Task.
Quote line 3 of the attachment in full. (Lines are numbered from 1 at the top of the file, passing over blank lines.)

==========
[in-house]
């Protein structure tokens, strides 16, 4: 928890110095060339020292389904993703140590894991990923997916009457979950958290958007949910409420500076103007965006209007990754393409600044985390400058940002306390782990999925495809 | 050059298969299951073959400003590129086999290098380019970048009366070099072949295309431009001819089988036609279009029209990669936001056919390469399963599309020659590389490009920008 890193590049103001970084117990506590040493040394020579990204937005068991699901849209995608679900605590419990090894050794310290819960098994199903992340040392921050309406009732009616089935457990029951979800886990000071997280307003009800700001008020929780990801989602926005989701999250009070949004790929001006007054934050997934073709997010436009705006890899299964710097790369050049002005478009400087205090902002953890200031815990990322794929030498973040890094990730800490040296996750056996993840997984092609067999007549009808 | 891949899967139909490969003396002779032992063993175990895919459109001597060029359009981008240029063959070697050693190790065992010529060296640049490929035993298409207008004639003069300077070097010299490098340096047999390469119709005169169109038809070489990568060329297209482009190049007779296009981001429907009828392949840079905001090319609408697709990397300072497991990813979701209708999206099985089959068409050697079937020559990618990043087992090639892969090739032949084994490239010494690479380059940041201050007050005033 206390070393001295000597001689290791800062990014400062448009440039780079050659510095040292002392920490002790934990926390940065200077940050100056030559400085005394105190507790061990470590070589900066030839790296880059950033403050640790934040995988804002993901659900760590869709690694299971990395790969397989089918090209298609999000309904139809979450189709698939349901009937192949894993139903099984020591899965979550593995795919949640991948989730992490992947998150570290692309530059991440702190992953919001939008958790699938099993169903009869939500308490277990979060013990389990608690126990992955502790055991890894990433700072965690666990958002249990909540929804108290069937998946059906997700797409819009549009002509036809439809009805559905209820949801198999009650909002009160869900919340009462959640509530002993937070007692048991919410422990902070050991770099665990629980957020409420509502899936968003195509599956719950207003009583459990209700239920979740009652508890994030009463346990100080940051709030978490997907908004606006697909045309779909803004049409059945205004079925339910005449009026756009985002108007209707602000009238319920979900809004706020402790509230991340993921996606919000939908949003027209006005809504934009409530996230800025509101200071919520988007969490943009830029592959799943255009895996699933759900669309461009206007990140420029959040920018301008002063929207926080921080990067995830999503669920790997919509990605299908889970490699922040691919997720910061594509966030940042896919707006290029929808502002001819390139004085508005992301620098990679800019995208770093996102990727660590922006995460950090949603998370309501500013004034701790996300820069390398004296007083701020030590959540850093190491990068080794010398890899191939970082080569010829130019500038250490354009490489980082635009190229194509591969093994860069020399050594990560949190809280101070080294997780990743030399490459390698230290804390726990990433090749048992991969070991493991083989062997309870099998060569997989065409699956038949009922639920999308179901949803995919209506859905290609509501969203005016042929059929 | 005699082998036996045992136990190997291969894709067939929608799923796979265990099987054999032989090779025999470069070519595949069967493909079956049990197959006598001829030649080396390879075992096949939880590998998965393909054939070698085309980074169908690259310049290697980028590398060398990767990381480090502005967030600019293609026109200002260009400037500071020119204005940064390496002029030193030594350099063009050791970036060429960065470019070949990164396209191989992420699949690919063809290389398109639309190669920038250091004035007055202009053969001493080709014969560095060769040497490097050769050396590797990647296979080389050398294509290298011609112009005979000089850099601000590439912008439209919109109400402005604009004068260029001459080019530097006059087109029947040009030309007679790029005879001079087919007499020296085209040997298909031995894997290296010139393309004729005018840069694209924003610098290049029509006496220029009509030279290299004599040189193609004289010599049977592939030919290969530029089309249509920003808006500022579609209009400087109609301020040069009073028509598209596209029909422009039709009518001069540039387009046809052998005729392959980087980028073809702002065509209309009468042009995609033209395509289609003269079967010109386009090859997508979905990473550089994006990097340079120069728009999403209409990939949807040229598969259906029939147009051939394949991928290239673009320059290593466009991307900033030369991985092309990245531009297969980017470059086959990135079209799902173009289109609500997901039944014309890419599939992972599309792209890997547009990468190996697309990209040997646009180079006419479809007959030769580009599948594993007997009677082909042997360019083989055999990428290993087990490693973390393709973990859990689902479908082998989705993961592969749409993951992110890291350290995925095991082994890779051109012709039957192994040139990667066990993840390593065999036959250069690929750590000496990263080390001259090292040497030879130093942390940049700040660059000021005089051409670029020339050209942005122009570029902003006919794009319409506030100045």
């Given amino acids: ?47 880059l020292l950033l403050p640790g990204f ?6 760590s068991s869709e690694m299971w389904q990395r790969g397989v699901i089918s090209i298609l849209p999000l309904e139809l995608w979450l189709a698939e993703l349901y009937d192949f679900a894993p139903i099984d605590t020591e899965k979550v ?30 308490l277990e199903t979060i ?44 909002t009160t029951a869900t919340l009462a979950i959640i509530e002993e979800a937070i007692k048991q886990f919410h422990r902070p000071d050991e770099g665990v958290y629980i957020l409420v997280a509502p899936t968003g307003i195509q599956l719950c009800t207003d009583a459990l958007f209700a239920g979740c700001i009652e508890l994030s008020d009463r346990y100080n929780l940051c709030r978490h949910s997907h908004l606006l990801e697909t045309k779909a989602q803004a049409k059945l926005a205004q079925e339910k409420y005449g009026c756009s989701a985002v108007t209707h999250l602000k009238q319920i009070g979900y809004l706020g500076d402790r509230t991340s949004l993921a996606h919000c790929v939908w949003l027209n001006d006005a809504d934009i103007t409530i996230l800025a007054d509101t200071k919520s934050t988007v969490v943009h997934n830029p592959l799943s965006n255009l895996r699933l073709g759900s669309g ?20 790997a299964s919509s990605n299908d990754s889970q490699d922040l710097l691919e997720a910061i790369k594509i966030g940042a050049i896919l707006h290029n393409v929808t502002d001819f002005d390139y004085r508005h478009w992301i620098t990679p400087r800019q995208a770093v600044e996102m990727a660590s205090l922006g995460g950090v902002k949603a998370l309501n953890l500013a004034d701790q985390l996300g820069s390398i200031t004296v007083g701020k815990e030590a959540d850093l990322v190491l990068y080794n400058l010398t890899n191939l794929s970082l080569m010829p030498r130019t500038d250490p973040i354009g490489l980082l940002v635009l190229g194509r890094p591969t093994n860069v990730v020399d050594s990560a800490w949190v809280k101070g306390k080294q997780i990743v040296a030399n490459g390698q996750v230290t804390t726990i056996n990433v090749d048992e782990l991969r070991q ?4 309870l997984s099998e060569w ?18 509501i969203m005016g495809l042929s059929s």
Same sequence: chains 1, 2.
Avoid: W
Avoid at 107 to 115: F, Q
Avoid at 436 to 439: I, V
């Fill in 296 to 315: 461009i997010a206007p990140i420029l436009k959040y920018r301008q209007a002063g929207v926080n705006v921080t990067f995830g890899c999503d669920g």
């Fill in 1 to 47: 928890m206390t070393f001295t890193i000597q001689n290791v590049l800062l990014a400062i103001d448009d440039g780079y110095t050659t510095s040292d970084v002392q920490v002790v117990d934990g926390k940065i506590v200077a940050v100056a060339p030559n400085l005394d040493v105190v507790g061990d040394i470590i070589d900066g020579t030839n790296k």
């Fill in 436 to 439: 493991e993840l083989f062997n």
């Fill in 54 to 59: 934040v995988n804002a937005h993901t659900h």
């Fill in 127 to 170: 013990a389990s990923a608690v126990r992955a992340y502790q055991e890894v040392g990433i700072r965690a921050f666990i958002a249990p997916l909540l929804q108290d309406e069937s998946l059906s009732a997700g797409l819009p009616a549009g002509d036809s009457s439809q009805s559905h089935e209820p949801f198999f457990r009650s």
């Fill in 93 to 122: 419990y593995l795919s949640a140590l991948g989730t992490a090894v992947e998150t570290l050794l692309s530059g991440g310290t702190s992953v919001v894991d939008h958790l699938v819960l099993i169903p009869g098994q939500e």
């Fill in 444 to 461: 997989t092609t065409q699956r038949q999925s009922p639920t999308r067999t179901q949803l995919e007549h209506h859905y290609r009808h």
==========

């Given amino acids: ?47 880059l020292l950033l403050p640790g990204f ?6 760590s068991s869709e690694m299971w389904q990395r790969g397989v699901i089918s090209i298609l849209p999000l309904e139809l995608w979450l189709a698939e993703l349901y009937d192949f679900a894993p139903i099984d605590t020591e899965k979550v ?30 308490l277990e199903t979060i ?44 909002t009160t029951a869900t919340l009462a979950i959640i509530e002993e979800a937070i007692k048991q886990f919410h422990r902070p000071d050991e770099g665990v958290y629980i957020l409420v997280a509502p899936t968003g307003i195509q599956l719950c009800t207003d009583a459990l958007f209700a239920g979740c700001i009652e508890l994030s008020d009463r346990y100080n929780l940051c709030r978490h949910s997907h908004l606006l990801e697909t045309k779909a989602q803004a049409k059945l926005a205004q079925e339910k409420y005449g009026c756009s989701a985002v108007t209707h999250l602000k009238q319920i009070g979900y809004l706020g500076d402790r509230t991340s949004l993921a996606h919000c790929v939908w949003l027209n001006d006005a809504d934009i103007t409530i996230l800025a007054d509101t200071k919520s934050t988007v969490v943009h997934n830029p592959l799943s965006n255009l895996r699933l073709g759900s669309g ?20 790997a299964s919509s990605n299908d990754s889970q490699d922040l710097l691919e997720a910061i790369k594509i966030g940042a050049i896919l707006h290029n393409v929808t502002d001819f002005d390139y004085r508005h478009w992301i620098t990679p400087r800019q995208a770093v600044e996102m990727a660590s205090l922006g995460g950090v902002k949603a998370l309501n953890l500013a004034d701790q985390l996300g820069s390398i200031t004296v007083g701020k815990e030590a959540d850093l990322v190491l990068y080794n400058l010398t890899n191939l794929s970082l080569m010829p030498r130019t500038d250490p973040i354009g490489l980082l940002v635009l190229g194509r890094p591969t093994n860069v990730v020399d050594s990560a800490w949190v809280k101070g306390k080294q997780i990743v040296a030399n490459g390698q996750v230290t804390t726990i056996n990433v090749d048992e782990l991969r070991q ?4 309870l997984s099998e060569w ?18 509501i969203m005016g495809l042929s059929s």